Arrow-right Camera
The Spokesman-Review Newspaper

The Spokesman-Review Newspaper The Spokesman-Review

Spokane, Washington  Est. May 19, 1883
Partly Cloudy Day 29° Partly Cloudy
News >  Features

Stretch your imagination with ‘Avatar’

Kevin McDonough United Feature Syndicate

Fairy tales used to be so simple. Stories for children began with “Once upon a time…” and generally concerned kings and princesses and ogres and trolls. Real basic stuff.

Now many cartoons aimed at kids involve whole pantheons of mystical entities and levels of martial-arts power. You almost have to immerse yourself in an alternative religion to get the gist.

Take “Avatar: The Last Airbender” (7 p.m., Nickelodeon).

For starters, what in the heck is an Airbender?

“Avatar” begins with a long (well, it seemed long to me, and I’m not 8 years old) prologue explaining how a once-peaceful world was divided into four balanced realms of fire, ice, wind and earth. Then, for reasons unexplained, the fire people started pushing everyone else around, and a century-long war of subjugation began.

In the meantime, the oppressed nonfire people awaited the return of the long-lost Avatar. Why? Because he’s an Airbender!

I feel like a Windbender myself after that belabored explanation.

As if all of this mystical malarkey weren’t enough, “Avatar” features a raft of annoying teen and ‘tween characters.

Katara is a nice enough girl – for a Waterbender who lives at the South Pole. But her useless brother Sokka sounds like a mall rat who’s just been denied cell phone privileges.

Together, they discover Aang, a fun-loving Airbender who has been frozen in an iceberg for a hundred years or so.

After this week’s debut, “Avatar: The Last Airbender” will air on Friday nights at 8 p.m. on Nickelodeon.

“Ego Trip’s Race-o-Rama” (9 p.m., VH1) looks at the role of race in movies, music and videos over three nights. Along the way, it continues to exploit and popularize images and ideas that have been kicking around since the time of the first minstrel shows.

Tonight’s presentation, “Dude, Where’s My Ghetto Pass?” looks at ways that whites copy black language, style and slang. Several talking heads explain that if white kids come to their ‘hoods trying to “pass,” they deserve to be beaten up.

Then, without apparent irony, Tuesday’s installment, “Blackophobia,” asks, “How much longer will black people be stereotyped as the toughest and most intimidating minority in America?” Probably as long as big corporations like Viacom perpetrate shows like “Dude, Where’s My Ghetto Pass?”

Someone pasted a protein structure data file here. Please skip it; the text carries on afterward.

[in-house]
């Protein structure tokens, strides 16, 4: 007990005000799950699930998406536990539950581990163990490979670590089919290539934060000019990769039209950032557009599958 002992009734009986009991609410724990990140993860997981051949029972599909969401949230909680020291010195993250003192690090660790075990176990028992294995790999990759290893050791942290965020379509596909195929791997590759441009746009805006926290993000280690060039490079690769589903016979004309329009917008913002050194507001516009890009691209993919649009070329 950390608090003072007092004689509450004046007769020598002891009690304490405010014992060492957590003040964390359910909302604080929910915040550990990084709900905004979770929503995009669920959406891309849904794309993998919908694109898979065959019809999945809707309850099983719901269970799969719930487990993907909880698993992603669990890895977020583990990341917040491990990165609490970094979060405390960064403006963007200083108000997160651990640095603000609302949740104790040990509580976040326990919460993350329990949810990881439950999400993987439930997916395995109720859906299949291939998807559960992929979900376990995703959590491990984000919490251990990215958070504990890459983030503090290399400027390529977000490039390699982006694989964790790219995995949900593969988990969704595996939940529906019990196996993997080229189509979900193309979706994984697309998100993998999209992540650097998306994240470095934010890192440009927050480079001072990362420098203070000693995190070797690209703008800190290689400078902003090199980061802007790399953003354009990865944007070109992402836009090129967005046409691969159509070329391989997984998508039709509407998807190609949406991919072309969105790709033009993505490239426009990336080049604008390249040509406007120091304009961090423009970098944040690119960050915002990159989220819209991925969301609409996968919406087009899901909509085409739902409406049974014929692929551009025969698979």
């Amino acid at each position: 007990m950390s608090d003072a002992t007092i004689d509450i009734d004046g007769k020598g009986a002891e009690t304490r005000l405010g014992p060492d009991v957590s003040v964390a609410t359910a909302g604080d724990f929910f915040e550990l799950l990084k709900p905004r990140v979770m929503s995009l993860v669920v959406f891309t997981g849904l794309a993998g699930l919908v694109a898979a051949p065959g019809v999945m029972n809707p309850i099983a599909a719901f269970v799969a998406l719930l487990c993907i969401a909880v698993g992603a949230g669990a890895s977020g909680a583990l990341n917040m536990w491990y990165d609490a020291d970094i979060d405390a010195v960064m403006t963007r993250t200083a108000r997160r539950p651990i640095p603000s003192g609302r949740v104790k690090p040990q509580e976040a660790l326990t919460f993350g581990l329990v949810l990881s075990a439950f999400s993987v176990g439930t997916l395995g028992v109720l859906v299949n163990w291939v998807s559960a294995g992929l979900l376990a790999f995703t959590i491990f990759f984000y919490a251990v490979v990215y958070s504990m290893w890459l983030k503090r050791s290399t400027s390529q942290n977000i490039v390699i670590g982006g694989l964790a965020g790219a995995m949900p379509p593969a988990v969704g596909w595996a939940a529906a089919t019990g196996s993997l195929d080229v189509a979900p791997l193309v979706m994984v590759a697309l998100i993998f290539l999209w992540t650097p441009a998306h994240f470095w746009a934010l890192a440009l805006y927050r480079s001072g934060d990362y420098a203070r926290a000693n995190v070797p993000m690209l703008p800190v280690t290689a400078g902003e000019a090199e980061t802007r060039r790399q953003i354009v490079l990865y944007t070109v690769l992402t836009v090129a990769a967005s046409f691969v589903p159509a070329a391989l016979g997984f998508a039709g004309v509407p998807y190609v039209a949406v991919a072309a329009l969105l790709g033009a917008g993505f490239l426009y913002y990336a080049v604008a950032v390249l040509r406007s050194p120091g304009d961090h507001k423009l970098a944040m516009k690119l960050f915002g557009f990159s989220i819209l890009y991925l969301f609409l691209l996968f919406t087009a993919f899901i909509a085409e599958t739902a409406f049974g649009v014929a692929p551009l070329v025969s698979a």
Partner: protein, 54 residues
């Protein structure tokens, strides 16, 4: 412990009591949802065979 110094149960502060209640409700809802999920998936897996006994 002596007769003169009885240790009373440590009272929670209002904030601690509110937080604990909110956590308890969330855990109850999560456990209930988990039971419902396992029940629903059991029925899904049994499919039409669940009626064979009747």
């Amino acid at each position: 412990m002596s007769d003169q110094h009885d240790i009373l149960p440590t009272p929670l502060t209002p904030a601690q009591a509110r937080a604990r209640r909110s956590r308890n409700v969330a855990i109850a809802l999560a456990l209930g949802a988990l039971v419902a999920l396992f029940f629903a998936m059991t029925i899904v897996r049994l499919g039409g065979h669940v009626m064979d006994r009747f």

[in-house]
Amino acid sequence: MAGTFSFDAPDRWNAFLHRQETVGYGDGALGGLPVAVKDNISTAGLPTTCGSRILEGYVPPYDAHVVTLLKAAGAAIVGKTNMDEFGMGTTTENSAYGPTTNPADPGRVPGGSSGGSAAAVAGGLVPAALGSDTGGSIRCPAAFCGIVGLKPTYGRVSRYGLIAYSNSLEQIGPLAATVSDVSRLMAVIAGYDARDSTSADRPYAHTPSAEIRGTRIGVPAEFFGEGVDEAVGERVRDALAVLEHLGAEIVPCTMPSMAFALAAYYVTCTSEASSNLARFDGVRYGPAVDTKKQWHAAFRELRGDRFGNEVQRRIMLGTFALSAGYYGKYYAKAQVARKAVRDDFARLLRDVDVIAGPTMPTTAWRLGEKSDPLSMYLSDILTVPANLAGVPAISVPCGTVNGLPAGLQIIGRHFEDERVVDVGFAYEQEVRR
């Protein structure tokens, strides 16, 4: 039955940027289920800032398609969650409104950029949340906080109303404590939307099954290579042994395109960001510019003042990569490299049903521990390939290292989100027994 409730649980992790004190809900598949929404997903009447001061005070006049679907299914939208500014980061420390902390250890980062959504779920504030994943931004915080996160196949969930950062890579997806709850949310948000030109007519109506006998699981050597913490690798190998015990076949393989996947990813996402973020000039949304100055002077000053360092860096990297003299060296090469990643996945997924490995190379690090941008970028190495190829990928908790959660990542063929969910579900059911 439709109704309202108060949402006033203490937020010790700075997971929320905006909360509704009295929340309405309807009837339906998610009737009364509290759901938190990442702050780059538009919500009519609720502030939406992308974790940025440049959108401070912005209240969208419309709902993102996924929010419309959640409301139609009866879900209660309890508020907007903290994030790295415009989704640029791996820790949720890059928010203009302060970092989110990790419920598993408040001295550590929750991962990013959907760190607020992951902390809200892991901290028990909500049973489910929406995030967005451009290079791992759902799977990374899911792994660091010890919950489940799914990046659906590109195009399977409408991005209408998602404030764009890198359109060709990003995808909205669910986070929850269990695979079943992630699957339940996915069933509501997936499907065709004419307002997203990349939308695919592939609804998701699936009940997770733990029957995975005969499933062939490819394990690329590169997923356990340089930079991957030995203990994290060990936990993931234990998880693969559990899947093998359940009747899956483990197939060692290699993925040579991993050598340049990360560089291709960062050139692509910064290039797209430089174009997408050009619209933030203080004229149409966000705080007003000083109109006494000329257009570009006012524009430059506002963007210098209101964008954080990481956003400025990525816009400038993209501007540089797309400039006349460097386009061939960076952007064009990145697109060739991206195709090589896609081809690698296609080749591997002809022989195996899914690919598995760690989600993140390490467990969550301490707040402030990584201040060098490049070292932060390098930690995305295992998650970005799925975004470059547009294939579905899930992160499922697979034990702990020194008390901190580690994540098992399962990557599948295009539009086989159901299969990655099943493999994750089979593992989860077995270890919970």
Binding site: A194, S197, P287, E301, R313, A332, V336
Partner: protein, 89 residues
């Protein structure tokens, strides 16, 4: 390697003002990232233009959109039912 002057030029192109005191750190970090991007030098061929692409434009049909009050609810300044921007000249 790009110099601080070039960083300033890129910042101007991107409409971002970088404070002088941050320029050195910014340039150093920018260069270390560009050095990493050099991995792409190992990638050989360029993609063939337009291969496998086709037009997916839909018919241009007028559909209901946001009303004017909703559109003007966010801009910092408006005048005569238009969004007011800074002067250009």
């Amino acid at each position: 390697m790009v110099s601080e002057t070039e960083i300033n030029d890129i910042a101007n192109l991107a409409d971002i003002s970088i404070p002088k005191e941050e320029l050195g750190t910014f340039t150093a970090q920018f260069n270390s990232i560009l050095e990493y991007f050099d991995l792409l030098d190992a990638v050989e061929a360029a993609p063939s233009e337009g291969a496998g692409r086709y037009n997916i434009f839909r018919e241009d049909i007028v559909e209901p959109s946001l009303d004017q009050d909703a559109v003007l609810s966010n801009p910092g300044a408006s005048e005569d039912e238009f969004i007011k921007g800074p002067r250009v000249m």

“American Experience” (9 p.m., KSPS) repeats “Malcolm X: Make It Plain” on the 40th anniversary of his assassination.

Other highlights

The top 12 men perform on “American Idol” (8 p.m., Fox).

A Peach State transformation on “Extreme Makeover: Home Edition: How’d They Do That?” (8 p.m., ABC).

Ed calls on an old pal (Sylvester Stallone) on “Las Vegas” (9 p.m., NBC). Gee, I wonder if this has anything to do with Sly’s new NBC reality series?

Audrey begins to suspect her ex on “24” (9 p.m., Fox).

All 23 rejects return to vent on “The Bachelorette” (9 p.m., ABC).

A woman seeks legal help to prevent someone from her past from stalking her in the 2005 thriller “Fatal Reunion” (9 p.m., Lifetime).

Where there’s smoke, there’s suspicion on “CSI: Miami” (9:30 p.m., CBS).

Allison’s brother shares her gift on “Medium” (10 p.m., NBC).

Cult choice

Twins (Hayley Mills in a double role as a prissy snob and a tomboy) scheme to reunite their parents (Maureen O’Hara and Brian Keith) in the 1961 comedy “The Parent Trap” (9 p.m., Hallmark).

Series notes

Bo Derek guest stars on “Still Standing” (8 p.m., CBS) … Joe Rogan hosts “Fear Factor” (8 p.m., NBC) … Flex makes a power play on “One on One” (8 p.m., UPN) … In the family way on “7th Heaven” (8 p.m., WB).

The Spokesman-Review Newspaper

Local journalism is essential.

Give directly to The Spokesman-Review's Northwest Passages community forums series -- which helps to offset the costs of several reporter and editor positions at the newspaper -- by using the easy options below. Gifts processed in this system are not tax deductible, but are predominately used to help meet the local financial requirements needed to receive national matching-grant funds.

Active Person

Subscribe now to get breaking news alerts in your email inbox

Get breaking news delivered to your inbox as it happens.